Lettuce prevents harm to neuronal cells
Extracts from lettuce, due to its significant role in glucose or serum deprivation, help to prevent death of neuron cells. Neurons are brain cells that make physical connections and help to make memory. Lettuce thus helps to prevent onset of diseases like Parkinson’s which is caused due to the death of neuron cells.
Lettuce has antimicrobial properties
Lettuce has antimicrobial properties and helps to fight the harmful microbes that may cause various diseases. This is due to the presence of terpenes and cardenolides which work to defend our body against bad microbes.
Lettuce leaves for anxiety
Lettuce helps to remove toxins
Minerals present in lettuce help to remove the toxins from our body. This helps to maintain the acid balance. Removing the toxins help us to remain healthy as only the beneficial substances are left behind.
Lettuce anti inflammatory properties
Lettuce extracts have anti-inflammatory properties due to the presence of biocatalysts like lipoxygenase and carrageenan. Thus various ailments resulting from inflammation can be avoided by including lettuce in your diet.
Uses of Lettuce
Lettuce can be consumed in a number of ways and it forms a part of the cuisine of many cultures. Raw, fresh lettuces are often used in burgers, salads, spring rolls and salads. Lettuces can also be used with garden peas, green beans as well as with seafood like shrimp and prawns. Lettuce is surely a source of energy and helps to keep your body hydrated. Moreover, it is beneficial for your skin and hair as well.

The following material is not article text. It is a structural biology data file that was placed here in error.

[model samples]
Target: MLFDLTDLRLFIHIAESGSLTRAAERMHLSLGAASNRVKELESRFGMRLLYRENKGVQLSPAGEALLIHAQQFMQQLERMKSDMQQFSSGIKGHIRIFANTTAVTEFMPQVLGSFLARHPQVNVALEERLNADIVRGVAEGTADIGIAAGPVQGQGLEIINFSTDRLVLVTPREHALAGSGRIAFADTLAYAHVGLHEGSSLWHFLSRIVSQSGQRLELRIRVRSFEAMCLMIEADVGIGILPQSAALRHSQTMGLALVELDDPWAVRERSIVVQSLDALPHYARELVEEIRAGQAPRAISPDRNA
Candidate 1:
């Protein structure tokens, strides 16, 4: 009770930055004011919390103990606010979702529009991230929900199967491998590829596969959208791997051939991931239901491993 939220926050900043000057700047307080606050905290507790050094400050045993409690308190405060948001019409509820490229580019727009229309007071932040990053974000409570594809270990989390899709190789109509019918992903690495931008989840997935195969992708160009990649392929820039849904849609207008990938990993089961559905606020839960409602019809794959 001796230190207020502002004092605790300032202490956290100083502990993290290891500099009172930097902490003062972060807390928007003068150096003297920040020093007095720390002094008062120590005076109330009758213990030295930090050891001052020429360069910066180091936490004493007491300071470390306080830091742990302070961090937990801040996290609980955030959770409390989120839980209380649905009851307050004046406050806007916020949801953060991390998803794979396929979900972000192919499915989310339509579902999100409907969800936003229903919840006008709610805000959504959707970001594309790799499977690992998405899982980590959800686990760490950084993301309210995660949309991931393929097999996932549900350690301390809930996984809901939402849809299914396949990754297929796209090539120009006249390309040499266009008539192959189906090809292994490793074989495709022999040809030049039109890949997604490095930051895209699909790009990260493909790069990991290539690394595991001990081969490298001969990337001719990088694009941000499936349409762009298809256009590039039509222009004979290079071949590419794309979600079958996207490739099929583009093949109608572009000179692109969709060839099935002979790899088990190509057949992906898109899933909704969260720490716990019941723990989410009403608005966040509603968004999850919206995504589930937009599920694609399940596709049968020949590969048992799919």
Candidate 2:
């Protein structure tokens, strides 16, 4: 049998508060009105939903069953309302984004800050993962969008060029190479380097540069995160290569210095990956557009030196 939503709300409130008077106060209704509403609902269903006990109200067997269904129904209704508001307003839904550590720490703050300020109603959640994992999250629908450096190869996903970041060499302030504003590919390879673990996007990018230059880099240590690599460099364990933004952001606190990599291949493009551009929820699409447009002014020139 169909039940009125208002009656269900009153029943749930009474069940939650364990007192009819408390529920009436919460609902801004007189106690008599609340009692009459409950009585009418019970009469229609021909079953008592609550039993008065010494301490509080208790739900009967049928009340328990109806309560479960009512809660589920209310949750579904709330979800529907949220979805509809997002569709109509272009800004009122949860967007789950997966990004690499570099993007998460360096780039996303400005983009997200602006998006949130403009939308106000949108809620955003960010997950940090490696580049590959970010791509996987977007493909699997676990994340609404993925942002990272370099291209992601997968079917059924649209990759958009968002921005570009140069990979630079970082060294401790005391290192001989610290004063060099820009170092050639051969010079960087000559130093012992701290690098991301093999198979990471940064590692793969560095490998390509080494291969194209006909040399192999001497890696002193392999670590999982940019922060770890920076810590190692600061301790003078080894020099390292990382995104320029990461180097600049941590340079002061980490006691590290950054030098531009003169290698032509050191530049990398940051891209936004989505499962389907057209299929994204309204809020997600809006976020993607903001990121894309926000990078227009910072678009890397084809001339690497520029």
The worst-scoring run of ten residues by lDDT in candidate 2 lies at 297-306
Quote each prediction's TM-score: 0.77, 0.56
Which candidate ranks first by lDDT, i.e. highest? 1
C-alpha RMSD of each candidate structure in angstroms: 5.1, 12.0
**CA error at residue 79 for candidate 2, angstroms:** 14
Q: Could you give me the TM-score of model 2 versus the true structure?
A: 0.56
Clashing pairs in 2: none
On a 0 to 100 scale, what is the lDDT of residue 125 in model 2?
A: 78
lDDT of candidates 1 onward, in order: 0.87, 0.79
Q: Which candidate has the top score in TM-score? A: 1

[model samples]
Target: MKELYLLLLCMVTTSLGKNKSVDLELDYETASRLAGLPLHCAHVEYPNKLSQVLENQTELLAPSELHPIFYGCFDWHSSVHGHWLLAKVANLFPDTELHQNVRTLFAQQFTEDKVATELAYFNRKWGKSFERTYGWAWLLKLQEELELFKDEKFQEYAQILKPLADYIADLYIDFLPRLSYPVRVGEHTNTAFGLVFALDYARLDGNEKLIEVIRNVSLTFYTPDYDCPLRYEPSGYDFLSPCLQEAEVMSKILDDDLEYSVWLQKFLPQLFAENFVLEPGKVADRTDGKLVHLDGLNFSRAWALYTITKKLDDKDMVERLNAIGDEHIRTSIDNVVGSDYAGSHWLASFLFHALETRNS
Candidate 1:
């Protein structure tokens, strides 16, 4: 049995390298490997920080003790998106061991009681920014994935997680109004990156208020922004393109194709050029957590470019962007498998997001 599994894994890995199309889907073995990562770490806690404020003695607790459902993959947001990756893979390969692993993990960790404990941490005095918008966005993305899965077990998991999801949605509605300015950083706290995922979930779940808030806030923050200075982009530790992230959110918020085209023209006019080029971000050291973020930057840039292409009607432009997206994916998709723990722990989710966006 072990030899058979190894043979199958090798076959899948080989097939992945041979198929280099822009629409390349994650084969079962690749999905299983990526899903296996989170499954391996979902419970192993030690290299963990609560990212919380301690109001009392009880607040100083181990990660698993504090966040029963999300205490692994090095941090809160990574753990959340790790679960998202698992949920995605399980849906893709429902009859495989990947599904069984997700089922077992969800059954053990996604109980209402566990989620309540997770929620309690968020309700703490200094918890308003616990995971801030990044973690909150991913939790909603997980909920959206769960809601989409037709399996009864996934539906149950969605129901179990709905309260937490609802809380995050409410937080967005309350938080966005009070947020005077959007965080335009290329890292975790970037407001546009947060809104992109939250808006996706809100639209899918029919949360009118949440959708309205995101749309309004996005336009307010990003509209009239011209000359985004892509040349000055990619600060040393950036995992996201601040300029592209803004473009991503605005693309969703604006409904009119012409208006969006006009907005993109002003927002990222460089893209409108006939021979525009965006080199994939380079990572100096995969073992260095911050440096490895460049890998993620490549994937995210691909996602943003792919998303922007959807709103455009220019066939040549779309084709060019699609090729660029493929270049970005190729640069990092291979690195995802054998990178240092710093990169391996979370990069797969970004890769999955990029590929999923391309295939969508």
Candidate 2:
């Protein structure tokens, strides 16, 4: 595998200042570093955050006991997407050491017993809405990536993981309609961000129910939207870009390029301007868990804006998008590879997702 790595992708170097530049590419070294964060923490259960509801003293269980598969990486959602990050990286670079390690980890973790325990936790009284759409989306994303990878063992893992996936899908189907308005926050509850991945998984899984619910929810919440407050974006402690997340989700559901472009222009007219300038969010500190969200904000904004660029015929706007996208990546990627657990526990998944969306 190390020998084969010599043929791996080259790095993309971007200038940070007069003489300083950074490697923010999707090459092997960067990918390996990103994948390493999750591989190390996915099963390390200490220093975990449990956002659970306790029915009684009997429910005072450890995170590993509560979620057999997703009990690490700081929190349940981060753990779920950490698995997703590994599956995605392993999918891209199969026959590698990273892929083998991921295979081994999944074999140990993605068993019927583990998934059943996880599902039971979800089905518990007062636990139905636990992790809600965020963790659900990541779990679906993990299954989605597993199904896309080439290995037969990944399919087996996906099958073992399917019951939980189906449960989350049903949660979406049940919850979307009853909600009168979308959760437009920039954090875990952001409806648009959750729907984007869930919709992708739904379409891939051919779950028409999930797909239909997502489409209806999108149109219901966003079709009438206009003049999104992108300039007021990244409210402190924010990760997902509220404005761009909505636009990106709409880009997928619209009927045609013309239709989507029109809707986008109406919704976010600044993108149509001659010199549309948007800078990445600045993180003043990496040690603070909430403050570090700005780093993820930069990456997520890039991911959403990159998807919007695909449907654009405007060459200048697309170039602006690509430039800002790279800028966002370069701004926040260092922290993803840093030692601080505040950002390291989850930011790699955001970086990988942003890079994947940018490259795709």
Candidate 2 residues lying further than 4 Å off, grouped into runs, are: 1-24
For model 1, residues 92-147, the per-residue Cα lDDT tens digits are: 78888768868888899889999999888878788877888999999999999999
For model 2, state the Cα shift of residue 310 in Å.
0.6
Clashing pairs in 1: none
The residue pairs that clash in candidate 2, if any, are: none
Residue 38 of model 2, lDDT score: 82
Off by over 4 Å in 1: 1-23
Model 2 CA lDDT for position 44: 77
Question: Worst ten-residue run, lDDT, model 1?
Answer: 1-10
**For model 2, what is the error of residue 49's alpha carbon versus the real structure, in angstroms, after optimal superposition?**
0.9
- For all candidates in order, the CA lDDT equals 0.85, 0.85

Side-Effects & Allergies of Lettuce
Lettuce crops are sometimes sprayed with pesticides and hence it is advisable to wash the vegetable properly before consuming it. Consumption of lettuce may result in allergic reactions in some people. So it is better to check whether you are allergic or not before consumption.
Cultivation of Lettuce
Lettuce was first cultivated by the ancient Egyptians thousands of years ago who utilized the seeds to produce oil and consumed the leaves. The Greeks and Romans later cultivated the crop. Different types of lettuce were produced in the 16th – 18th century period. In medieval Europe, lettuce was believed to have medicinal qualities.
Lettuce grows well in spring and fall in most regions and its seeds can tolerate a little frost. It requires a temperature range of 45 – 65 degrees Fahrenheit to grow properly. Loose and moist soil is necessary.
- Tirpanalan O, Zunabovic M, Domig KJ, Kneifel W. Mini review: antimicrobial strategies in the production of fresh-cut lettuce products. Science against microbial pathogens: communicating current research and technological advances. 2011;1:176-88. [Cited 25 June 2019]. Available from:
- Ewers EC, Anisowicz SK. The potential danger of eating wild lettuce: a brief review of human rat lungworm infection. Hawai'i Journal of Medicine & Public Health. 2014 Nov;73(11 Suppl 2):28. [Cited 25 June 2019]. Available from:
- Mohammad A. Traditional use of kahu (Lactuca scariola L.)-a review. Global Journal of Research on Medicinal Plants & Indigenous Medicine. 2013 Jun 1;2(6):465. [Cited 25 June 2019]. Available from: